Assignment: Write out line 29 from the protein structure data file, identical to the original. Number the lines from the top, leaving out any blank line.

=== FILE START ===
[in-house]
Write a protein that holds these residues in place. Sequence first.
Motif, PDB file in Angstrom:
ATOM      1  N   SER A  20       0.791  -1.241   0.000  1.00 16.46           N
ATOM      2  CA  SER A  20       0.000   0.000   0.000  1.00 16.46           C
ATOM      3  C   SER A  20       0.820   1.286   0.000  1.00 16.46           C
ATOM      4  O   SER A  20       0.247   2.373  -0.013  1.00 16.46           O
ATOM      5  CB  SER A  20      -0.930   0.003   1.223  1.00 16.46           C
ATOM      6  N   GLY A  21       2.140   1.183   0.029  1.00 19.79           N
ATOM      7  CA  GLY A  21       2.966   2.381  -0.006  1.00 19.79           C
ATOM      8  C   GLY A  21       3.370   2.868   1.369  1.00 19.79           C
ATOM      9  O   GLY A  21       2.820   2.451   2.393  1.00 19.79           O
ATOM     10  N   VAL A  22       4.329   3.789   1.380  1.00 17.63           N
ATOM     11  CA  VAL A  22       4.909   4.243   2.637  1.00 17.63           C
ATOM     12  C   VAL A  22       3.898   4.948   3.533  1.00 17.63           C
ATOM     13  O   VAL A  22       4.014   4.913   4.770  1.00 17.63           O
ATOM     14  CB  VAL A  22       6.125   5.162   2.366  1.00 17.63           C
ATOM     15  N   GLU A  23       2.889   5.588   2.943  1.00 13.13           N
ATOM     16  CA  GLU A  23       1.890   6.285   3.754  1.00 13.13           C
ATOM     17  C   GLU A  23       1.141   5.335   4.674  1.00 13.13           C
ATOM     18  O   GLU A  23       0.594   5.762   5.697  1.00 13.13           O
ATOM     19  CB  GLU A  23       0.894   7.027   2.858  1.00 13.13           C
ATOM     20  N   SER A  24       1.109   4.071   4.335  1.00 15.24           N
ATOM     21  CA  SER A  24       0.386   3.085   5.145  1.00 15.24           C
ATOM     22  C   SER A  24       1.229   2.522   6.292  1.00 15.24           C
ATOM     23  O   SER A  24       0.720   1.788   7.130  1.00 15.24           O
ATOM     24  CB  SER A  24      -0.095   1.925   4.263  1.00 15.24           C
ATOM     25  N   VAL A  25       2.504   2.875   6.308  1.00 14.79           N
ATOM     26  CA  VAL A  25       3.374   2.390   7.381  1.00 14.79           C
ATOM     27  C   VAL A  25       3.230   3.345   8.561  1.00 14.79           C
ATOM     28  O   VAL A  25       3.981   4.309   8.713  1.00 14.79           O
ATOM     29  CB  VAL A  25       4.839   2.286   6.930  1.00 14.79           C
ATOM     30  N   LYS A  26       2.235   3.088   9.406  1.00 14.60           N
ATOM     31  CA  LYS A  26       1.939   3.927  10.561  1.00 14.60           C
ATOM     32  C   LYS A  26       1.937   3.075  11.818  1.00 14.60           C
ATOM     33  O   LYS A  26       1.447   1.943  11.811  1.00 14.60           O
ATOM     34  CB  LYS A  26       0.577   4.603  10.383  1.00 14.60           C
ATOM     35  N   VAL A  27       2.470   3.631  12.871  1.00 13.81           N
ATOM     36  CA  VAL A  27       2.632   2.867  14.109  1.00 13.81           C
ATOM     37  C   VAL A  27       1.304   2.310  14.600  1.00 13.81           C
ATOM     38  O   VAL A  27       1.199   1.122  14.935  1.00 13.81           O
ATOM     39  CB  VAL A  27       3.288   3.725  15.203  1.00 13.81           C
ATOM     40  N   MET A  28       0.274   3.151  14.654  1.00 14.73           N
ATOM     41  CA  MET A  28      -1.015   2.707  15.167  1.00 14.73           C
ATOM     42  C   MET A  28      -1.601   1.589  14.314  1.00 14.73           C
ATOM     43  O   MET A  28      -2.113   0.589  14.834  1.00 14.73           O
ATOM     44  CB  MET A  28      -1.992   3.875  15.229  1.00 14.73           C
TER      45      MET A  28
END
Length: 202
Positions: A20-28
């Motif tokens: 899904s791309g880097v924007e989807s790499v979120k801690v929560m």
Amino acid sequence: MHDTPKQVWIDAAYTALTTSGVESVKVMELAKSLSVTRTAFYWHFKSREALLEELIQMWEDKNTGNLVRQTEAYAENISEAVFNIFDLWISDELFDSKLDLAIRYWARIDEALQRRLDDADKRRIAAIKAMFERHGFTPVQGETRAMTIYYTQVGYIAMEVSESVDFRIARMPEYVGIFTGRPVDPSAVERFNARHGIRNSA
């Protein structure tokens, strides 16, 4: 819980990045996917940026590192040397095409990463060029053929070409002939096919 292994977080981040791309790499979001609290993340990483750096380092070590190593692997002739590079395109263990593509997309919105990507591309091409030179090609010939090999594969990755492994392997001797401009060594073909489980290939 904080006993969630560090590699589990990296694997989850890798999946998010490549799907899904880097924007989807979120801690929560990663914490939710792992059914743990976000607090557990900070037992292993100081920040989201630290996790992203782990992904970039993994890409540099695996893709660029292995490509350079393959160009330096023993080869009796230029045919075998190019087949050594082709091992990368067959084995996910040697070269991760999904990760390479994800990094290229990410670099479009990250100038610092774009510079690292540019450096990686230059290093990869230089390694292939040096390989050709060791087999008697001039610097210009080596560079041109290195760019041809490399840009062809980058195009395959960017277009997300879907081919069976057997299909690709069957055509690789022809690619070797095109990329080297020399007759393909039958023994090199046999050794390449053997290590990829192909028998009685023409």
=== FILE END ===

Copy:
ATOM     26  CA  VAL A  25       3.374   2.390   7.381  1.00 14.79           C